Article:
It’s long been a mystery why one of the world’s largest volcanoes, Yellowstone, is stuck out in the middle of the continent. Most volcanoes occur on the edge of continents where the tectonic plates bump together, creating pressure.
A new study proves a controversial theory that Yellowstone’s magma comes from much deeper in the earth than typical volcanoes like those in the Ring of Fire such as Mount St. Helens and Mt. Fuji in Japan. Instead, Yellowstone’s comes all the way from the earth’s core.
University of Texas Ph.D. student Peter Nelson is the lead author on a paper published in the journal Nature Geoscience last month. He said, using a large network of seismometer stations around North America, scientists created a picture of the Yellowstone magma source by studying the waves created by enormous earthquakes.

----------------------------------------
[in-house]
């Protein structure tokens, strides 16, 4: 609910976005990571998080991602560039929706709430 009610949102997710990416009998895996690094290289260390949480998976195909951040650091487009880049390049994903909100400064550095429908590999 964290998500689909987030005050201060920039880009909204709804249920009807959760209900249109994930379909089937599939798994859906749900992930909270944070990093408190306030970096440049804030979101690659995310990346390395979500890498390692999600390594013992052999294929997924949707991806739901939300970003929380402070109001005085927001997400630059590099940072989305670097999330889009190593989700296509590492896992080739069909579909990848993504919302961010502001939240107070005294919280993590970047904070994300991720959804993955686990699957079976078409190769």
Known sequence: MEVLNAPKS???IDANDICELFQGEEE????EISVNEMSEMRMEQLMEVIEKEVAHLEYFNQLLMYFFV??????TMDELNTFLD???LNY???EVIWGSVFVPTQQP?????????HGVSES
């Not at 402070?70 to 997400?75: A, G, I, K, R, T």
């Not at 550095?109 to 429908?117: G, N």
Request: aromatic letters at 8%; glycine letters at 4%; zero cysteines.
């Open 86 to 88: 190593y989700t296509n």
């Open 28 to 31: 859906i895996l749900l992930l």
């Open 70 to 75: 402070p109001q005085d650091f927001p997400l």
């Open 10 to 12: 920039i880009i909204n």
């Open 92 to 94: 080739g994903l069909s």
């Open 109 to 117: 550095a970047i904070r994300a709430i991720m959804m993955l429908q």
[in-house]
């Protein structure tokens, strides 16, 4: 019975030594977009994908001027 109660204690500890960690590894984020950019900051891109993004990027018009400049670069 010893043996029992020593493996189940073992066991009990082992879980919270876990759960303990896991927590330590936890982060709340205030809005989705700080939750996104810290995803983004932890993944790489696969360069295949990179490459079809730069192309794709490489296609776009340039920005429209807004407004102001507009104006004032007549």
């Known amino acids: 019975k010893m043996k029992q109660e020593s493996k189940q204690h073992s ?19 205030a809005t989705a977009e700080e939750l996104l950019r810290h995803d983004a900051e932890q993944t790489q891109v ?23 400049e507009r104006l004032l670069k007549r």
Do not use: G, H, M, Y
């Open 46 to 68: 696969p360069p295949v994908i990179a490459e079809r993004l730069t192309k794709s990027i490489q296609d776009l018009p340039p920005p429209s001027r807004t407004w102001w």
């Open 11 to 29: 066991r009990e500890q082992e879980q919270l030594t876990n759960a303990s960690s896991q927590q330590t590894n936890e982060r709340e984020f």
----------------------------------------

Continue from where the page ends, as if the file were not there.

“If you go to the hospital for a CT scan where they put you in a tube and then they shoot a bunch of x-rays through you and they look at how the x-rays interact with your body and they use that to back out a picture. So we do the same thing with the earthquakes,” he said.
Nelson said the picture shows that Yellowstone is a volcano like that in Hawaii or Iceland that comes from the earth’s core, not from shallower chambers just beneath the earth’s crust like most volcanoes.
“This idea has been controversial for a long time,” said Nelson, “because there hasn’t been any direct evidence to see this magma plume deep in the mantle. And we were the first to actually see it.”
Nelson said Yellowstone’s magma starts in the earth as far away as Baja California in Mexico.